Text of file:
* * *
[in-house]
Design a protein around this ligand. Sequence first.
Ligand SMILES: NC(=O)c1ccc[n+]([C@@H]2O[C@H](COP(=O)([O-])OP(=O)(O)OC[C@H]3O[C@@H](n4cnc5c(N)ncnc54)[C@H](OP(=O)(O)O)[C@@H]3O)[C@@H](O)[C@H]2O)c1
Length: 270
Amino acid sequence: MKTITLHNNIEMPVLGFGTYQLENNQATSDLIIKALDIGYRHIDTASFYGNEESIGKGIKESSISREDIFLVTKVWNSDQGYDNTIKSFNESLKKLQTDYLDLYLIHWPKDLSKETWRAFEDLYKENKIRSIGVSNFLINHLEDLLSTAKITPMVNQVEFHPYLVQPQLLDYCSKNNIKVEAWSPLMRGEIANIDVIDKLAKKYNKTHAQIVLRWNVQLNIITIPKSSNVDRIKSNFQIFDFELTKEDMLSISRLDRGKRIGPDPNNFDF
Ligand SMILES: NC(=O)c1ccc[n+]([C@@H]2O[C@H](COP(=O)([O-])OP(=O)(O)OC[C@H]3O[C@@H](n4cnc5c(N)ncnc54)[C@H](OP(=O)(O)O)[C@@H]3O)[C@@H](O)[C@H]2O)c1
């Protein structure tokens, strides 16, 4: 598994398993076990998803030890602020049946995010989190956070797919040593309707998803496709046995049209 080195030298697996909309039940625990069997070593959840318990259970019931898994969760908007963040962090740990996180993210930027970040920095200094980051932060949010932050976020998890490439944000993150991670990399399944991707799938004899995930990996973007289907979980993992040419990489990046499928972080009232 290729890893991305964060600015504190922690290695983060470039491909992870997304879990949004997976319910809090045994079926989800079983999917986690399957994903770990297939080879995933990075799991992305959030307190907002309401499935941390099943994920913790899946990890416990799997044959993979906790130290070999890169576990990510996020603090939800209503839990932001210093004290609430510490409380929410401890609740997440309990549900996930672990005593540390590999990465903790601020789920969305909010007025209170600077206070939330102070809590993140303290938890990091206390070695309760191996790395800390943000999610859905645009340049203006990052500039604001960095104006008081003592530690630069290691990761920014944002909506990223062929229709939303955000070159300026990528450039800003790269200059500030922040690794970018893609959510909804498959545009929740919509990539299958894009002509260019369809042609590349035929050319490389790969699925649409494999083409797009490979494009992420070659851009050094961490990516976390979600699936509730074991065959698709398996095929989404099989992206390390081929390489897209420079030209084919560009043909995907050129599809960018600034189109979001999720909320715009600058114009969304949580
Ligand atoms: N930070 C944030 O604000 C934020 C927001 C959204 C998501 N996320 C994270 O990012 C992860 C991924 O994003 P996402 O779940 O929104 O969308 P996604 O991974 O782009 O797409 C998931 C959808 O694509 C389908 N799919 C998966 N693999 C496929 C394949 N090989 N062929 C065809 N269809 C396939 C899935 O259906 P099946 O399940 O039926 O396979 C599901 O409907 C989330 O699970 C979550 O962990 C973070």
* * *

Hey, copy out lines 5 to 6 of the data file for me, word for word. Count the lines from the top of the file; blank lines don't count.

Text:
Amino acid sequence: MKTITLHNNIEMPVLGFGTYQLENNQATSDLIIKALDIGYRHIDTASFYGNEESIGKGIKESSISREDIFLVTKVWNSDQGYDNTIKSFNESLKKLQTDYLDLYLIHWPKDLSKETWRAFEDLYKENKIRSIGVSNFLINHLEDLLSTAKITPMVNQVEFHPYLVQPQLLDYCSKNNIKVEAWSPLMRGEIANIDVIDKLAKKYNKTHAQIVLRWNVQLNIITIPKSSNVDRIKSNFQIFDFELTKEDMLSISRLDRGKRIGPDPNNFDF
Ligand SMILES: NC(=O)c1ccc[n+]([C@@H]2O[C@H](COP(=O)([O-])OP(=O)(O)OC[C@H]3O[C@@H](n4cnc5c(N)ncnc54)[C@H](OP(=O)(O)O)[C@@H]3O)[C@@H](O)[C@H]2O)c1